Retrograde axonal transport obstruction of brain-derived neurotrophic factor (BDNF) and its TrkB receptor in the retina and optic nerve of American Cocker Spaniel dogs with spontaneous glaucoma.Vet Ophthalmol. 2007 Nov-Dec; 10 Suppl 1:12-9.VO
To determine the degree of retrograde optic nerve axonal transport obstruction at the scleral lamina cribosa level by examining levels of brain-derived neurotrophic factor (BDNF) and its tyrosine kinase receptor type B (TrkB) in dogs presenting with high intraocular pressure.
A total of 10 eyes, four normal and six glaucomatous eyes, from normal and affected American Cocker Spaniels with primary glaucoma were studied. All eyes were assessed by neuro-ophthalmic examination, tonometry, gonioscopy, slit-lamp biomicroscopy, and indirect ophthalmoscopy prior to enucleation.
Immunocytochemistry analysis was performed to evaluate BDNF and TrkB receptor expression in retina and optic nerve in normal and glaucomatous dogs.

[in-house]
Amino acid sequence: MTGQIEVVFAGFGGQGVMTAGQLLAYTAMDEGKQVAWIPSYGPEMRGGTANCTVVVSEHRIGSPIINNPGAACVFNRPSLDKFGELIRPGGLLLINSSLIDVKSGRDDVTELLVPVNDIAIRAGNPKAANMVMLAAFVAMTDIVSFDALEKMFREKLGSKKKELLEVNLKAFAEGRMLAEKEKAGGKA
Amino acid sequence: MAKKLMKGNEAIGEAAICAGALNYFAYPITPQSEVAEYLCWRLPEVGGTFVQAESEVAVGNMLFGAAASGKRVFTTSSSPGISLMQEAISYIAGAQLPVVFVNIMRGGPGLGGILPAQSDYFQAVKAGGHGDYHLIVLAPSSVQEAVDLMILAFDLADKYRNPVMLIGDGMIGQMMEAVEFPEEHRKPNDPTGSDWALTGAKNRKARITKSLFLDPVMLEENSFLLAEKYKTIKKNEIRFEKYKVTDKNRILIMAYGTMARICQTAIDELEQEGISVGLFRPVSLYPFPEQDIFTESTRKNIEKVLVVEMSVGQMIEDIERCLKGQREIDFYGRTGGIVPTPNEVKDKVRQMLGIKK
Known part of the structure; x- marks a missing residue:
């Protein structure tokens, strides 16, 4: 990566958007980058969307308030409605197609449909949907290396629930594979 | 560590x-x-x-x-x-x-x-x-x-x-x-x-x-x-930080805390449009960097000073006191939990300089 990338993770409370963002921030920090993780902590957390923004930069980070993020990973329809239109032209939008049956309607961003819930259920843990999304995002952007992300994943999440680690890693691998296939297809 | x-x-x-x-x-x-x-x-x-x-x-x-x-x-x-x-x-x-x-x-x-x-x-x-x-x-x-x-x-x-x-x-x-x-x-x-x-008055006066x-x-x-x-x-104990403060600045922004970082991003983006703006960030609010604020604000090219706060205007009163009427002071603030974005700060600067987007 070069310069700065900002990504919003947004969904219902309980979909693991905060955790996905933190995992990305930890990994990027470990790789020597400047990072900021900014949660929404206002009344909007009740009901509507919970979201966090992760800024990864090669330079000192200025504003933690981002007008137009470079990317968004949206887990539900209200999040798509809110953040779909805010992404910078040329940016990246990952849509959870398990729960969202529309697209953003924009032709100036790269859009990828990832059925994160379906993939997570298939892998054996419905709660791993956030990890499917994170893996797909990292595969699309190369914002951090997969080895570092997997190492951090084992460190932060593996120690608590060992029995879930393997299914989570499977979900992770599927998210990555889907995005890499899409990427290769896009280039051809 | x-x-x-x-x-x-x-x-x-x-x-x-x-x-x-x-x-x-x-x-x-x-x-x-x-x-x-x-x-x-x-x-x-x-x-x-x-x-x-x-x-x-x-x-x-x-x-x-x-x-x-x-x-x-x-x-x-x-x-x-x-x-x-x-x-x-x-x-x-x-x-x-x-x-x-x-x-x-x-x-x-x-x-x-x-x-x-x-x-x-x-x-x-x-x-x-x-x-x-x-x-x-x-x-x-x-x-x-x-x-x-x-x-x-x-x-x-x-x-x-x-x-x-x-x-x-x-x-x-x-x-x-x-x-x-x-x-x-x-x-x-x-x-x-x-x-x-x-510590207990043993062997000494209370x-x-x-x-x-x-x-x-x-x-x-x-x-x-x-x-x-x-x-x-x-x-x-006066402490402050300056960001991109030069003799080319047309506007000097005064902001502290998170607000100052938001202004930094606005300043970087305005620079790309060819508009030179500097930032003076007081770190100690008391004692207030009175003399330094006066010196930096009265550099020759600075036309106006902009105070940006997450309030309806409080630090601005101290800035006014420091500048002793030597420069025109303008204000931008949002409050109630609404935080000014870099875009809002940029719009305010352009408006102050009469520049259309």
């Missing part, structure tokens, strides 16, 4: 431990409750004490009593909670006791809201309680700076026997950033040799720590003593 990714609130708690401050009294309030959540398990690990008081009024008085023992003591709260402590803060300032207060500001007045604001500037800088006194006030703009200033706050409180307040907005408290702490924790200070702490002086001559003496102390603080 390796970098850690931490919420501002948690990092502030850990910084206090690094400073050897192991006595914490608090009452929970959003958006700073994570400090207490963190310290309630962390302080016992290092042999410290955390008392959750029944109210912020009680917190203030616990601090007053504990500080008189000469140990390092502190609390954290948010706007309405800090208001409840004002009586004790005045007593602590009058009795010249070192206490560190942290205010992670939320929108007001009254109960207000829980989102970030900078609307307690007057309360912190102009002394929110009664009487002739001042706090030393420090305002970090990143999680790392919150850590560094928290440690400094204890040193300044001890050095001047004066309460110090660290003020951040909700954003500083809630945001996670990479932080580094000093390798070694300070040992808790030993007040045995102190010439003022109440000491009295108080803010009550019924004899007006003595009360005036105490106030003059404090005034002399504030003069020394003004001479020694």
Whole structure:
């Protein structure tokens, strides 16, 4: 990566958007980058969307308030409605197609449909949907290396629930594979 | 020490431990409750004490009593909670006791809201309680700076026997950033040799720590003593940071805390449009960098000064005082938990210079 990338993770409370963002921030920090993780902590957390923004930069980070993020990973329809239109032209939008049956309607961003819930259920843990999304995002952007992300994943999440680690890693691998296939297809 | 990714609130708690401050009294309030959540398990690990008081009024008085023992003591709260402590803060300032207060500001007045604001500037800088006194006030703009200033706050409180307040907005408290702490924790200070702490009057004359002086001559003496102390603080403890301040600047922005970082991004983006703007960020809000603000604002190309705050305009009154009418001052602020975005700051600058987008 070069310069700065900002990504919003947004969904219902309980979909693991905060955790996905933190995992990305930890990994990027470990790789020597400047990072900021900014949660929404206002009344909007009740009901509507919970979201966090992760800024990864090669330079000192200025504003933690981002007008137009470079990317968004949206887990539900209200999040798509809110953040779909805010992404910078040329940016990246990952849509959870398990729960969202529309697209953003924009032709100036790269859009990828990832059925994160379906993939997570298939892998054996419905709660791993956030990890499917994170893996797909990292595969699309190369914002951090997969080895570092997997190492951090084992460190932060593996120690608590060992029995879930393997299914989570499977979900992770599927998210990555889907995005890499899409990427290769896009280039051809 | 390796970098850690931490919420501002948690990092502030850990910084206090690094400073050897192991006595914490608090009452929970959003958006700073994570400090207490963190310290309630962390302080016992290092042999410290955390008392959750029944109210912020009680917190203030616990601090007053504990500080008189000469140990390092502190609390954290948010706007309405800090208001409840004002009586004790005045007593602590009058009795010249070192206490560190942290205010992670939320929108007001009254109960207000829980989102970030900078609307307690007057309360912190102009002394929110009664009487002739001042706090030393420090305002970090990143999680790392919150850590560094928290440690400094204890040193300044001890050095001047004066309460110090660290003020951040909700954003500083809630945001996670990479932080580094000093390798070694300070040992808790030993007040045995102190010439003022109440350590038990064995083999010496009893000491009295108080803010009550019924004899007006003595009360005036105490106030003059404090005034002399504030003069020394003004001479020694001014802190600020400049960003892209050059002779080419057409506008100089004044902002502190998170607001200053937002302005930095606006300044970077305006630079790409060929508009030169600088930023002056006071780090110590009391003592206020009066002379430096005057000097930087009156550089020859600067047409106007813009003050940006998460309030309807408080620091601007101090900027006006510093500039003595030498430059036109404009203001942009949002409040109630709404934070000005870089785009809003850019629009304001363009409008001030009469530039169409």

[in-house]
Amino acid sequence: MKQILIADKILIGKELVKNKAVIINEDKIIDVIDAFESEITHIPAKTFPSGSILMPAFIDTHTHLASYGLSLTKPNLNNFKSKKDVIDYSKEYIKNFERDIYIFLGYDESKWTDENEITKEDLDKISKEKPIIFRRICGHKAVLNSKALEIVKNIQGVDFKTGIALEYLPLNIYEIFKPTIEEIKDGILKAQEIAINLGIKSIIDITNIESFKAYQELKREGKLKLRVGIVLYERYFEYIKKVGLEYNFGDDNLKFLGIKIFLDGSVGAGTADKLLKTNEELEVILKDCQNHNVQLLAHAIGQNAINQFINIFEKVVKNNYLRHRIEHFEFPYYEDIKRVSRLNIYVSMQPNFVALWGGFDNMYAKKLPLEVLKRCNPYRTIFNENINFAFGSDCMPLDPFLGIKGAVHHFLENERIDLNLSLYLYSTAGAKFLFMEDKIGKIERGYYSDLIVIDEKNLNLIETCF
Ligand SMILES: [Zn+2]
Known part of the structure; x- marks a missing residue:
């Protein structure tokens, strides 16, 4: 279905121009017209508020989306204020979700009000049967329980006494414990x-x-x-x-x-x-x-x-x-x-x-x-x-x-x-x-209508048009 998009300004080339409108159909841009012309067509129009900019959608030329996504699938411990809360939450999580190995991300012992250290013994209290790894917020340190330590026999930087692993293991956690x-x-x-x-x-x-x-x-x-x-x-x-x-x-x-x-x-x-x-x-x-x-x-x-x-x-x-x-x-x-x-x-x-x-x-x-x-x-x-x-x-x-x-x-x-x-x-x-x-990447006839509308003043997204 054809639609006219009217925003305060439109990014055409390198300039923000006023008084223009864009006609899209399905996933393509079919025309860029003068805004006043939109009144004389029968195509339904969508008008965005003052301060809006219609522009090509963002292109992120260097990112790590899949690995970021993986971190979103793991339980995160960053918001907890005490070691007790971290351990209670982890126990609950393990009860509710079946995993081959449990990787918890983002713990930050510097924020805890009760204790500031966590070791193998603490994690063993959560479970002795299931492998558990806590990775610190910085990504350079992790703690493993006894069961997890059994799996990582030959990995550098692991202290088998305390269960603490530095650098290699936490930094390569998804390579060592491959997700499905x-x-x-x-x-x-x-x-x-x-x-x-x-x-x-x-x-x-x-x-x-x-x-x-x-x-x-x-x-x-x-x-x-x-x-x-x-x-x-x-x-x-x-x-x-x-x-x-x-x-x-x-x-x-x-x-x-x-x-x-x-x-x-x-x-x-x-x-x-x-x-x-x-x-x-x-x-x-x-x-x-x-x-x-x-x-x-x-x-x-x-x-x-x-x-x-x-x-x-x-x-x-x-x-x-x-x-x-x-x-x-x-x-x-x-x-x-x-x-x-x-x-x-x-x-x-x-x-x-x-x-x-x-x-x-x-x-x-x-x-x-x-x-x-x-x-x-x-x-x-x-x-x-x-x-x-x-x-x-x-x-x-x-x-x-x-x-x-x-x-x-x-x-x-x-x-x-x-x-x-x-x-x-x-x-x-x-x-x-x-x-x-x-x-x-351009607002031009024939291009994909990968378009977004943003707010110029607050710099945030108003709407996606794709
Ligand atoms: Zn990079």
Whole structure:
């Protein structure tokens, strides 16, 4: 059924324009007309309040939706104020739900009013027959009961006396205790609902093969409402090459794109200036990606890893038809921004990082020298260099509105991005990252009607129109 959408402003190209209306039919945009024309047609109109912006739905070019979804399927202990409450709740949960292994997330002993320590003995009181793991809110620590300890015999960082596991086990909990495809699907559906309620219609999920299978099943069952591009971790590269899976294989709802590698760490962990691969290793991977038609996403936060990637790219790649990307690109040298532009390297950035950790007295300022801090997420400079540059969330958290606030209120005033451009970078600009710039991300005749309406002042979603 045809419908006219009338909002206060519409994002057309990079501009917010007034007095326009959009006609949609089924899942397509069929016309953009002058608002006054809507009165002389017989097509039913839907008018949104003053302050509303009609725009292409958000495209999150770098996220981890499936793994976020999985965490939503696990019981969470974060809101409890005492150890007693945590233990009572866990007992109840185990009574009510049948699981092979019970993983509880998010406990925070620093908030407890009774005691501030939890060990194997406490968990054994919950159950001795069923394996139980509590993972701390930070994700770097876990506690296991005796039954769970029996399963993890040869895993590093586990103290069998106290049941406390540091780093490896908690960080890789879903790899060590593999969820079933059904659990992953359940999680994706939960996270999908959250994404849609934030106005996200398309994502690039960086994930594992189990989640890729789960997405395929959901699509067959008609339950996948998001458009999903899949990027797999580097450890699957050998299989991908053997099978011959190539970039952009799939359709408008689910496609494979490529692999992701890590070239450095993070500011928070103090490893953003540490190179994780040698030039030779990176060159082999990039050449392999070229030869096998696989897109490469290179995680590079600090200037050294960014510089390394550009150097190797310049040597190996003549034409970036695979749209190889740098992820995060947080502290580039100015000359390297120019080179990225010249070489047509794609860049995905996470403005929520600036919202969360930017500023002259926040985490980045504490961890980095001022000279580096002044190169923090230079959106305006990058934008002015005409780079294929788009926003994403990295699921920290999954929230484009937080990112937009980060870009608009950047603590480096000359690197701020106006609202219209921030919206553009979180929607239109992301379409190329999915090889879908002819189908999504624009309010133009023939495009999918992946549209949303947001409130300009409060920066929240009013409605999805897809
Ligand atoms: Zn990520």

In all normal eyes BDNF immunostaining was detected in the cytoplasm of retinal ganglion cells (RGC), inner plexiform layer (IPL), inner nuclear layer (INL), nerve fiber layer (NFL), optic nerve head cells, and lamina cribosa cells. In all glaucomatous eyes BDNF was more evident in RGC, NFL and lamina cribosa cells. TrkB receptor was detected in the cytoplasm of RGC, NFL and ONH bundles in all normal eyes, and in a more intense pattern in all glaucomatous eyes.
BDNF retrograde axonal transport is substantially inhibited by intraocular pressure elevation. TrkB accumulation at the ONH in glaucoma suggests a role for neurotrophin deprivation in the pathogenesis of RGC death in canine glaucoma, as well as a possible paracrine and/or autocrine signaling within the lamina cribosa. Neurotrophin signaling may regulate more than neuronal development, survival and differentiation. BDNF neurotrophin and its TrkB receptor expression by lamina cribosa cells and ONH astrocytes in glaucomatous eyes may help to determine the role of these cells as a paracrine source in terms of retinal ganglion cell survival, during episodes of elevated intraocular pressure.